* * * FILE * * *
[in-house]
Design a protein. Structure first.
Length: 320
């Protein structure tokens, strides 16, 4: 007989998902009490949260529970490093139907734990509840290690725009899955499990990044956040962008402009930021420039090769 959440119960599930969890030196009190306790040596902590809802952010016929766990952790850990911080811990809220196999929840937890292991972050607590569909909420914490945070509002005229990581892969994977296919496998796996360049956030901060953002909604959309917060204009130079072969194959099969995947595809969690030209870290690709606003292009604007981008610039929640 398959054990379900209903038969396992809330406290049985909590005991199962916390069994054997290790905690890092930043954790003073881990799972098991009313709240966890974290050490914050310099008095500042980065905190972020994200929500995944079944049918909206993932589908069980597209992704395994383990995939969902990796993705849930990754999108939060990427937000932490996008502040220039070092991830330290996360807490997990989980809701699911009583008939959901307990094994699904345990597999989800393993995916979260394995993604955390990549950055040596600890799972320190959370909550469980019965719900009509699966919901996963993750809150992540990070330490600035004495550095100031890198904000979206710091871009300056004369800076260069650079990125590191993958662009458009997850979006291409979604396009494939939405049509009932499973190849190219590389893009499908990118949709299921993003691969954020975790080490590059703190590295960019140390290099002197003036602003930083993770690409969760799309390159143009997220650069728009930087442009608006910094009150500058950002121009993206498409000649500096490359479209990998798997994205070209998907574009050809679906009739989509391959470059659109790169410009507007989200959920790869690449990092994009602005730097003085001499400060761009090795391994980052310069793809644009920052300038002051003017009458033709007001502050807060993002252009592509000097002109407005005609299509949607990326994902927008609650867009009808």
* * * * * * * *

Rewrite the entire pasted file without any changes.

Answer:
[in-house]
Design a protein. Structure first.
Length: 320
């Protein structure tokens, strides 16, 4: 007989998902009490949260529970490093139907734990509840290690725009899955499990990044956040962008402009930021420039090769 959440119960599930969890030196009190306790040596902590809802952010016929766990952790850990911080811990809220196999929840937890292991972050607590569909909420914490945070509002005229990581892969994977296919496998796996360049956030901060953002909604959309917060204009130079072969194959099969995947595809969690030209870290690709606003292009604007981008610039929640 398959054990379900209903038969396992809330406290049985909590005991199962916390069994054997290790905690890092930043954790003073881990799972098991009313709240966890974290050490914050310099008095500042980065905190972020994200929500995944079944049918909206993932589908069980597209992704395994383990995939969902990796993705849930990754999108939060990427937000932490996008502040220039070092991830330290996360807490997990989980809701699911009583008939959901307990094994699904345990597999989800393993995916979260394995993604955390990549950055040596600890799972320190959370909550469980019965719900009509699966919901996963993750809150992540990070330490600035004495550095100031890198904000979206710091871009300056004369800076260069650079990125590191993958662009458009997850979006291409979604396009494939939405049509009932499973190849190219590389893009499908990118949709299921993003691969954020975790080490590059703190590295960019140390290099002197003036602003930083993770690409969760799309390159143009997220650069728009930087442009608006910094009150500058950002121009993206498409000649500096490359479209990998798997994205070209998907574009050809679906009739989509391959470059659109790169410009507007989200959920790869690449990092994009602005730097003085001499400060761009090795391994980052310069793809644009920052300038002051003017009458033709007001502050807060993002252009592509000097002109407005005609299509949607990326994902927008609650867009009808």